6 Money Hacks to Lighten Your Budget
Winter. The season when hibernating becomes routine, exercise lessens and somehow, extra weight tips the scales in the wrong direction. The same is true when it comes to your spending. We set positive goals to improve our personal financial lives in shape, but somehow it all gets lost in the cold. The daunting task of changing our spending habits become a severe incoming snowstorm we avoid at all costs.
Living on the financial treadmill can lead to complacency and waste—it can even bloat a budget to an unhealthy level if we don’t push ourselves towards success. But, if you truly desire your financial goals, all is not lost.
Here’s where to start: Just like weight-loss, set a goal. First, understand where your money goes each month and categorize everything into a list of: 1) Fixed costs (debt, rent, etc.), 2) Semi-discretionary (food, clothing), and 3) Fully discretionary (vacations, entertainment, etc.). Examine your fully discretionary category and pick a number you wish to save, invest, or reduce debt. Let’s say, 10%.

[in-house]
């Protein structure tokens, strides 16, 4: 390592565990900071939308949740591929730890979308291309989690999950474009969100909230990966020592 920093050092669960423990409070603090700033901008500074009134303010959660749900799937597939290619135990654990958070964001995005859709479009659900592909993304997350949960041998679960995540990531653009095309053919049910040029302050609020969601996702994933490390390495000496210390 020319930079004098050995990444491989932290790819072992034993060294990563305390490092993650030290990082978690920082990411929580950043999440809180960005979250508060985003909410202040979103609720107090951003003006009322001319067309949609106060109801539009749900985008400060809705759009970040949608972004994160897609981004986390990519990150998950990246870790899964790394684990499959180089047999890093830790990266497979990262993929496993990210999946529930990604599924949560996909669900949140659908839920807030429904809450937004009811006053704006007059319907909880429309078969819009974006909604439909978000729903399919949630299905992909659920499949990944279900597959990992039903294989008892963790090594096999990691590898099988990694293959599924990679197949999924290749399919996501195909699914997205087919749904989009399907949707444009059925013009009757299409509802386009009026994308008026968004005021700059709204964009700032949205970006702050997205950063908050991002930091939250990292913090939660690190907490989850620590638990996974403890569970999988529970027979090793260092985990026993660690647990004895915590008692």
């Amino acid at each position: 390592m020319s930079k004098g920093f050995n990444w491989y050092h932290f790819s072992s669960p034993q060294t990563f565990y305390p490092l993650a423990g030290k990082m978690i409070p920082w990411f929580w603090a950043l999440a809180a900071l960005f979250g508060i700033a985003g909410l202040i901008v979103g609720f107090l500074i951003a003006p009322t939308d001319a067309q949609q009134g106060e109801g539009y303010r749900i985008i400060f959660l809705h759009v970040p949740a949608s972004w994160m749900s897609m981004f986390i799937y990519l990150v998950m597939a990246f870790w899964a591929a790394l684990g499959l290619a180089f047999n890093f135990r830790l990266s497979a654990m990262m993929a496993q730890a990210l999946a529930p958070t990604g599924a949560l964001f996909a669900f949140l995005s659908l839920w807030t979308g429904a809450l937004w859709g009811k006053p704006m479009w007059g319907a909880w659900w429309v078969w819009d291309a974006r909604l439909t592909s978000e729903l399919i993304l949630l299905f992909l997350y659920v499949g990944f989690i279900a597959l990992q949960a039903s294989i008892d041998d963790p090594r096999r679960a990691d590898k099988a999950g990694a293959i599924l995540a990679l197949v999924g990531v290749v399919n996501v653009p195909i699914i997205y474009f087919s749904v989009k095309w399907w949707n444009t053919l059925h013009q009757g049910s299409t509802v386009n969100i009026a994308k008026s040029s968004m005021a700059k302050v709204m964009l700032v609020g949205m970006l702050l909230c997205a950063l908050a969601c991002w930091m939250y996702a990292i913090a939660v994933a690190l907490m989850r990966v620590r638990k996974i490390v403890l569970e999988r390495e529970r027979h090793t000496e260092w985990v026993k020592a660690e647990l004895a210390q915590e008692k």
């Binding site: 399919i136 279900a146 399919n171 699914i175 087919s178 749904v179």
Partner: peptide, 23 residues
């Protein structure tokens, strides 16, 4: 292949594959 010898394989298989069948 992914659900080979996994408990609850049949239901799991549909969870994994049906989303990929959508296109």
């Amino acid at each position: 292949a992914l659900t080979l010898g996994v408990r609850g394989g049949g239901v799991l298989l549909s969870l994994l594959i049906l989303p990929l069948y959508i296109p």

Following these 6 money hacks can firm up your wallet and put you on track to reach your financial goals.
- Set up money buckets (separate accounts) for specific purposes; one bucket for your fixed costs, another for your savings and another for those discretionary (semi and completely) spending. This will help you align your available resources and understand where your hard-earned cash goes. It’s too easy to keep it in one place and watch it dwindle without really hitting your goals head on.
- Use automatic transfers to investment accounts to capture your savings goals beyond your emergency fund needs. If you pay yourself first instead of last, your chances of success are greatly enhanced. Put your success on autopilot and calendar a review to increase the amounts every quarter.
- Increase your 401(k) percentage. If you haven’t fully funded your 401(k), begin increasing the percentage by 1% every two months until you reach maximum. You will be shocked and pleasantly surprised to see how little it impacts your net payroll each pay period. This will grow your retirement plan quickly.
- Stop unnecessary spending. Of your discretionary costs, select the expenditures you value the least and eliminate them from your spending. For example, publication subscriptions you just don’t get to, gym memberships you don’t use, cable channels you don’t watch, those extra costs for delivery meals when you’re feeling lazy.